Norris tries to salvage Áras dream

PRESIDENTIAL hopeful David Norris made a last-ditch plea to Oireachtas colleagues in an effort to save his campaign, as more than half of those who had pledged their support considered withdrawing it.

It comes as the Labour Party denied claims by a blogger that they put him up to revealing the conviction of Mr Norris’s former partner for statutory rape.

Meanwhile, just five of the 14 TDs and senators who had pledged to sign the nomination papers for his candidacy were publicly supporting him yesterday.

Others said they feared further controversies might emerge that could damage Mr Norris’s campaign and wanted assurances that this would not be the case.

It is understood Mr Norris considered pulling out of the race at the weekend after the resignation of senior members of his campaign team. They stepped down after discovering details of a letter he sent to Israeli authorities appealing for leniency for his former partner, Ezra Yizhak Nawi, who was convicted of statutory rape of a 15-year-old boy.

Mr Norris used Oireachtas-headed notepaper in the letter sent to an Israeli court in 1997 asking judges not to send Nawi to jail.

The independent senator yesterday claimed the controversy had “all the appearance of a stitch-up” suggesting there may have been “Israeli involvement” in releasing the information.

Meanwhile, the pro-Israeli blogger who revealed details of Nawi’s conviction last Monday suggested he was put up to it by the Labour Party. John Connolly, a 22-year-old law graduate living in London, said he received a tip-off from an old college friend who previously canvassed for Labour.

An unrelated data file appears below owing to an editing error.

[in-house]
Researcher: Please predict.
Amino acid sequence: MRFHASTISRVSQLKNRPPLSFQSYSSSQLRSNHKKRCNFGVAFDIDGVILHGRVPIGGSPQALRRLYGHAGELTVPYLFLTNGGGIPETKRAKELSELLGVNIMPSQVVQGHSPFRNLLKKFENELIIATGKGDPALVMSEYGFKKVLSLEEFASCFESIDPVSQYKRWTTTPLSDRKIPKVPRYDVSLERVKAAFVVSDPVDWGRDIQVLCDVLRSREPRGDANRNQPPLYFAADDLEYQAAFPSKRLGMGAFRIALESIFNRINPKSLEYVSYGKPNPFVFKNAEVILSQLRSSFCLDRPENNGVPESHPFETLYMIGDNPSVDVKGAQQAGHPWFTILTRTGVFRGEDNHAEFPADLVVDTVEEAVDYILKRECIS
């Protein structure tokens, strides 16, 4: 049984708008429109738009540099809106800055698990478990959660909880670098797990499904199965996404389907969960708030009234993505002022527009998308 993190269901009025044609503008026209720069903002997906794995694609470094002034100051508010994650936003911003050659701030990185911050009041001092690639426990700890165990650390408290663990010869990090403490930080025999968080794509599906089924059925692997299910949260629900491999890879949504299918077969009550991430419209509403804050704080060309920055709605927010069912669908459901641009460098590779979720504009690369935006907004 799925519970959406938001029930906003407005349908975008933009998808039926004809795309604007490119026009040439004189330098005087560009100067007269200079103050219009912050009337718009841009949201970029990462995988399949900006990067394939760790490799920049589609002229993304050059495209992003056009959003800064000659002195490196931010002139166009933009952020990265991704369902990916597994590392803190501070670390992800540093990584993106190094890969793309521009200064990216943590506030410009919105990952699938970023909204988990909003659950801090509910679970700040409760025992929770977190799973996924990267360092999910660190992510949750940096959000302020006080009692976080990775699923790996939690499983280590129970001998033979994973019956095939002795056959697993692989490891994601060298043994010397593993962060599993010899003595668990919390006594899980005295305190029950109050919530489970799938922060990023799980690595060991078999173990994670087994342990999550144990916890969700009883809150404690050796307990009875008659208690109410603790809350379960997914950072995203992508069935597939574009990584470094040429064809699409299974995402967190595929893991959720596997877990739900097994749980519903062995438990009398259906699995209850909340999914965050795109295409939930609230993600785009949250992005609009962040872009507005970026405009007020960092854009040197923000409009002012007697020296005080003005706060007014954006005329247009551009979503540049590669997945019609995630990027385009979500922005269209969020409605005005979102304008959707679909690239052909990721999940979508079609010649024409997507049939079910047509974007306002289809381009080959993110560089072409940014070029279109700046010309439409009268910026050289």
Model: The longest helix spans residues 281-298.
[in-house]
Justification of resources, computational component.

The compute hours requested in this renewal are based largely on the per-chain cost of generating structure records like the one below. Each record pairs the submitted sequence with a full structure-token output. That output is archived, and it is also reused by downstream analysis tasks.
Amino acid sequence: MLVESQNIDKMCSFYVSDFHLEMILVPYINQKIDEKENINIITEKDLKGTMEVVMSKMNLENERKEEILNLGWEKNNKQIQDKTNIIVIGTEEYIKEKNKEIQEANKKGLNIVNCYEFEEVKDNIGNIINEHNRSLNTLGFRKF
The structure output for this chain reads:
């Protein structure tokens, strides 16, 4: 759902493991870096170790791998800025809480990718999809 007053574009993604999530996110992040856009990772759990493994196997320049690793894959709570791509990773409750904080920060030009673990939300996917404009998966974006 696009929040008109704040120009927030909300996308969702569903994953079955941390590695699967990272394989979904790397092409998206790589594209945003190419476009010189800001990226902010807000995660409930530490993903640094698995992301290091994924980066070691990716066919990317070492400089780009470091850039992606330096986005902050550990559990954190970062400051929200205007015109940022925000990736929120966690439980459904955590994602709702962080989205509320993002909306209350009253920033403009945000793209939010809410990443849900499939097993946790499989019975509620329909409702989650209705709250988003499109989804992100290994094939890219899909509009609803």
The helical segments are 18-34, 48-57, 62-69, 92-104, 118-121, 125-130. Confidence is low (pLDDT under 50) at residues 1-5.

“I feel betrayed I may have been used so Michael D could eat up votes from Norris,” he said, adding he had no connections with anyone in Israeli embassies in Dublin or London.

Labour denied involvement, saying its candidate, Michael D Higgins and his team, had “no act, hand or part” in the controversy.

In the letter to an Israeli court, Mr Norris described himself as a person “of some consequence” and had “been widely mentioned as a possible presidential candidate”. He also referenced then president Mary Robinson, saying she had acted as his lawyer in a case to the Court of Human Rights.

Mr Norris said he asked to be a witness in the statutory rape trial of his former partner but “was not called to give this evidence”.

Independent TDs Maureen O’Sullivan and Stephen Donnelly last night said they would still support Mr Norris’s candidacy, while Finian McGrath, John Halligan and Thomas Pringle are re-considering their positions.

Mick Wallace and Senators John Crown and Sean Barrett are understood to be supporting him.

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